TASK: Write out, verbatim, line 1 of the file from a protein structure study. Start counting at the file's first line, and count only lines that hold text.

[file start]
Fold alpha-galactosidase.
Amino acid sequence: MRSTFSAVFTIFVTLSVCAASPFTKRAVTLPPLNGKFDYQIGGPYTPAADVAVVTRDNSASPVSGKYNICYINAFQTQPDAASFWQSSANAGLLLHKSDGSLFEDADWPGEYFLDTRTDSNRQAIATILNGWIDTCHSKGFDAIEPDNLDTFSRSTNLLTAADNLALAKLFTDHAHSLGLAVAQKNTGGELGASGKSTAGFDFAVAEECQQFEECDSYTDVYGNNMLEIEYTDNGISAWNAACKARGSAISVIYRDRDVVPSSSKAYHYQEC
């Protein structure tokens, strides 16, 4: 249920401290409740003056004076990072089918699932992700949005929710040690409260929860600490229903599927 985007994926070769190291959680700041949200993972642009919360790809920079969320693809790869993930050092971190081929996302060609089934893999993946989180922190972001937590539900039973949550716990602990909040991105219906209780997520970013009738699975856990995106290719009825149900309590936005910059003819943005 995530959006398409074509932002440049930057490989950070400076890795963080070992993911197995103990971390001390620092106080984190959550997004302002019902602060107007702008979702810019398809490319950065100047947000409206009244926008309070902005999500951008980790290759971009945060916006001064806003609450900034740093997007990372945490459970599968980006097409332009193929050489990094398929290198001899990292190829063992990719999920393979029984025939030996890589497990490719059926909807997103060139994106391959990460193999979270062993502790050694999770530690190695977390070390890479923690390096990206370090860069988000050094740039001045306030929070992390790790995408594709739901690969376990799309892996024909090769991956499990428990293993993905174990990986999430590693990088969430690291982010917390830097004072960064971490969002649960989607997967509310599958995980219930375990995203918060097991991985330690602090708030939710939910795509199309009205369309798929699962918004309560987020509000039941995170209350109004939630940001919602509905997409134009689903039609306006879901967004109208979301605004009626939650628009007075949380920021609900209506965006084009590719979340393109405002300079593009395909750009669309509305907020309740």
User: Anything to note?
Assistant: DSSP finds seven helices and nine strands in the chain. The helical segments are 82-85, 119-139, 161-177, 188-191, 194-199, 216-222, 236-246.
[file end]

Fold alpha-galactosidase.